Abstract 2585: Disparities in Evaluation by Certified Primary Stroke Centers within the REGARDS cohort
Background: There are known disparities in stroke incidence and mortality on the basis of race, income, region, and population density. Disparate access to specialized stroke care may contribute to these disparities. We sought to evaluate access to Joint Commission certified primary stroke centers (PSC) by race, education, income, population density, and region within the REGARDS cohort.
Methods: The REasons for Geographic and Racial Differences in Stroke (REGARDS) study is a prospective population-based cohort of adults 45 years or older. 30,239 participants were recruited between 1 2003 and October 2007. Participants are contacted at 6 month intervals to ascertain suspected stroke events. The analysis was limited to the first suspected stroke event for each subject between 12/9/2005 and 1/6/2011. Medical records were retrieved and we determined if the evaluating hospital was a certified PSC at the time of the event. Region was dichotomized to stroke-belt or non-belt. Population density was dichotomized to urban or non-urban. Subjects evaluated at a PSC were compared to those evaluated at a non-PSC. Multivariable regression was used to determine independent predictors of PSC evaluation.
Results: There were 1000 suspected stroke events during the study interval, of which 204 were evaluated at a certified PSC. Women were less likely to be evaluated at a PSC than men, 17.8% vs 23.0% (p=0.04). Subjects with a history of stroke were less likely to be evaluated at a PSC than those without a history of stroke, 15.1% vs 21.6% (p=0.04). Subjects who reside in non-urban locations were less likely to be evaluated at a PSC than those in urban areas, 9.1% vs 23.9% (p<0.001). Subjects residing within the stroke belt were less likely to be evaluated at a PSC than those living in other regions, 14.7% vs 27.3% (p<0.001). In the univariate analyses, no disparities were found on the basis of race, education, or income. In the multivariable analysis, living in non-urban areas (OR 2.6, 95% CI 1.5-4.5), living within the stroke belt (OR 1.9, 95% CI: 1.3-2.7), and having a prior history of stroke (OR 2.2, 95% CI 1.3-3.7) predicted evaluation at non-certified hospitals.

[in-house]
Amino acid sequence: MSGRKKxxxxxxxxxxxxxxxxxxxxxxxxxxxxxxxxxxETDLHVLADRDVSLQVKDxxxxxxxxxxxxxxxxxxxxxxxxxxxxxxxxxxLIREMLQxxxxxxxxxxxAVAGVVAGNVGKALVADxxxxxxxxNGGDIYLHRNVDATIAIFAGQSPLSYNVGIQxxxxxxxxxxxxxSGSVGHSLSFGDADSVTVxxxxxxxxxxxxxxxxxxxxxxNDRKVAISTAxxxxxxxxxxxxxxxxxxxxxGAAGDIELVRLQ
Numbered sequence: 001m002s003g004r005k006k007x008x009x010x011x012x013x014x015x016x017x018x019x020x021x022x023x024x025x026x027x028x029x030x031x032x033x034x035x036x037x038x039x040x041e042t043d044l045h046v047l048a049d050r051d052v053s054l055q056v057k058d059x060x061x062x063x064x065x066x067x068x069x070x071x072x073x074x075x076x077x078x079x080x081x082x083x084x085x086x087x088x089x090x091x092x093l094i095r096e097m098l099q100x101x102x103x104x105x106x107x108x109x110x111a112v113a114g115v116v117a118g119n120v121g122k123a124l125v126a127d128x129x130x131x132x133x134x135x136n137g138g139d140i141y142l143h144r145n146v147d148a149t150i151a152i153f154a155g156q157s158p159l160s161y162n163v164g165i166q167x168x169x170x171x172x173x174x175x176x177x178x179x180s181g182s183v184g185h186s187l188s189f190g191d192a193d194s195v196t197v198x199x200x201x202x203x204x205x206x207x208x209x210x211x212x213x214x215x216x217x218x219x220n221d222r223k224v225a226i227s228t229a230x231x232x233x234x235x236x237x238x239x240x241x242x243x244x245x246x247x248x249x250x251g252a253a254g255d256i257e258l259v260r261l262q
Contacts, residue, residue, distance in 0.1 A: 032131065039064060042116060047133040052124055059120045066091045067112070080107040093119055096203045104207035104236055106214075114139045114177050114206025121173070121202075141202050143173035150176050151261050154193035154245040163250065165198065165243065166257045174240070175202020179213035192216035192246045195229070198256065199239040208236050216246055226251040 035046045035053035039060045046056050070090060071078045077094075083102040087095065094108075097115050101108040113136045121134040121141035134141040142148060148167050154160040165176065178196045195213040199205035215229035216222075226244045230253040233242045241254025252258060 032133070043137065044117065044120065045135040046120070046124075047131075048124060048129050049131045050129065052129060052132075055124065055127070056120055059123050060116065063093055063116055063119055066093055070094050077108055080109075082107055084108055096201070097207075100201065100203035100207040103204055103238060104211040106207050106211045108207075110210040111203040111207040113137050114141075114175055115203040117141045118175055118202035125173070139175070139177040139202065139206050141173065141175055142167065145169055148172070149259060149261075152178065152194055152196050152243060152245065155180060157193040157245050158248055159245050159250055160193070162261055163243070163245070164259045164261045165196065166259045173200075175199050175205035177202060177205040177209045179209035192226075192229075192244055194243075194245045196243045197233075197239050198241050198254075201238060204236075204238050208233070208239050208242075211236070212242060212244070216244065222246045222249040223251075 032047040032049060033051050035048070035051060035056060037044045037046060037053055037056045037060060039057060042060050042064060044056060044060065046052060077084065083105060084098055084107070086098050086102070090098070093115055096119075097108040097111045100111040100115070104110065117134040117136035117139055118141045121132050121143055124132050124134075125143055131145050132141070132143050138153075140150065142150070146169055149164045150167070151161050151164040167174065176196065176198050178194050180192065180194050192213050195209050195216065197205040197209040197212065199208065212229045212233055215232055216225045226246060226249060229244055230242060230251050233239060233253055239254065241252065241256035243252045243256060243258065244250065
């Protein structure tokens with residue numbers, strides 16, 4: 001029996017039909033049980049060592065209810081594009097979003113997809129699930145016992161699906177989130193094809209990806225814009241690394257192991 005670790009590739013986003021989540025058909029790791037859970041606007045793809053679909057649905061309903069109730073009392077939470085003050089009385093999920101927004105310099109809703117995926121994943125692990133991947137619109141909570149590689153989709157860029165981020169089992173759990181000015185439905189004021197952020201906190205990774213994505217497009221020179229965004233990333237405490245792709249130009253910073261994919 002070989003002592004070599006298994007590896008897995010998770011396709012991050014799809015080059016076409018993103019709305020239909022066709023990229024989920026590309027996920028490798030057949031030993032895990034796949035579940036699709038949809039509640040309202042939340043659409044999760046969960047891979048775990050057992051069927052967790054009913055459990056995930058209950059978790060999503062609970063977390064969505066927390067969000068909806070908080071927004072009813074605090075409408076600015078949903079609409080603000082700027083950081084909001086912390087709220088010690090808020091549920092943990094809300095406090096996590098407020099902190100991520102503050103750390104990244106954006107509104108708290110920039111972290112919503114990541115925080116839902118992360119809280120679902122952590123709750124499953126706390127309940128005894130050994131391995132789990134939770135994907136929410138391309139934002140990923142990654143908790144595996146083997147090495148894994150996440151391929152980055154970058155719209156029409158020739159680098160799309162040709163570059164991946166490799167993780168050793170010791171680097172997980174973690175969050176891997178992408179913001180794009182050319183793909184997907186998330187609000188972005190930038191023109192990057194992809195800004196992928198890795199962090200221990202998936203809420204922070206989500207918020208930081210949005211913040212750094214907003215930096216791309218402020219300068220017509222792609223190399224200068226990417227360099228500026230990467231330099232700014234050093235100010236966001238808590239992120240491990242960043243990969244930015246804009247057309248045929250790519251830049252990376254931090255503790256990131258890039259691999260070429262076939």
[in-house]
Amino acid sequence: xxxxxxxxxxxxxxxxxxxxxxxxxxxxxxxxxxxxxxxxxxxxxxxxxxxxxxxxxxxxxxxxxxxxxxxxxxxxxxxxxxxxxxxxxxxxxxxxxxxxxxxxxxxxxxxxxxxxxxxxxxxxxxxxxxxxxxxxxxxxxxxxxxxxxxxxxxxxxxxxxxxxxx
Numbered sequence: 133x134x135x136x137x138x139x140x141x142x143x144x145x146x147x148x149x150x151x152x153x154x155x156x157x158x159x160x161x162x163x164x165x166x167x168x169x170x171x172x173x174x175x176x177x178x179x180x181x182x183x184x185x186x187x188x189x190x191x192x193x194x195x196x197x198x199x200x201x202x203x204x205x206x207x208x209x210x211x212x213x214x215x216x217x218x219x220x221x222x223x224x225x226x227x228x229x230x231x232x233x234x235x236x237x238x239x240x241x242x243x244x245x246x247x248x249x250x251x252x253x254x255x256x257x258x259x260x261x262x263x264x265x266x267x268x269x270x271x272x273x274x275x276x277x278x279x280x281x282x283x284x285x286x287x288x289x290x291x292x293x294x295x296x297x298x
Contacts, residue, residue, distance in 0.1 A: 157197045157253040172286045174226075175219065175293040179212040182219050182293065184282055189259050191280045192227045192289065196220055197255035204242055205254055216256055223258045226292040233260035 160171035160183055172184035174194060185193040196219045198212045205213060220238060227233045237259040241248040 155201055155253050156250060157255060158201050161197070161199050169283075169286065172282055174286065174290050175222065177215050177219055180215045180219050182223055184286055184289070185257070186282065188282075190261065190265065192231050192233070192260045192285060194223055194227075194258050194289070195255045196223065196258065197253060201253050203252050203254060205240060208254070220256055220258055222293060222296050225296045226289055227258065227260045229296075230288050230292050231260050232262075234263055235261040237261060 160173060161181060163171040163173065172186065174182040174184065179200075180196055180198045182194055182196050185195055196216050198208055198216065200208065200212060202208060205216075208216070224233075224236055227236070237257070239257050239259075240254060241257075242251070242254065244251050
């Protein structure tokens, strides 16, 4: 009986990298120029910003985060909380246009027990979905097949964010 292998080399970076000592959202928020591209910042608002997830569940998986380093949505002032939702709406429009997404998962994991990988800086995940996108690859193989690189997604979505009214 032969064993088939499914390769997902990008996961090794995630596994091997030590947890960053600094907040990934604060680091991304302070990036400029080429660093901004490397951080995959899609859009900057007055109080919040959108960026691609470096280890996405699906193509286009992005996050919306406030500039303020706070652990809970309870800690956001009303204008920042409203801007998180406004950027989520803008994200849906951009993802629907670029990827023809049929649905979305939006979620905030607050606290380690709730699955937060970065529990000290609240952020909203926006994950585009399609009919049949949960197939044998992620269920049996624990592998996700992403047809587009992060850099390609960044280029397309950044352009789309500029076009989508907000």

Conclusion: Disparities in evaluation by certified PSC’s are related to geographic factors, region and population density, but not to most individual characteristics including race, education, or income. Despite an increased burden of cerebrovascular disease in the stroke belt and in rural areas, subjects in these areas were less likely to be treated at certified hospitals. This may be attributable to a reduced number of stroke centers in these locations. Public policy and systems planning should ensure specialized stroke care is rapidly accessible in areas with the greatest need.
- © 2012 by American Heart Association, Inc.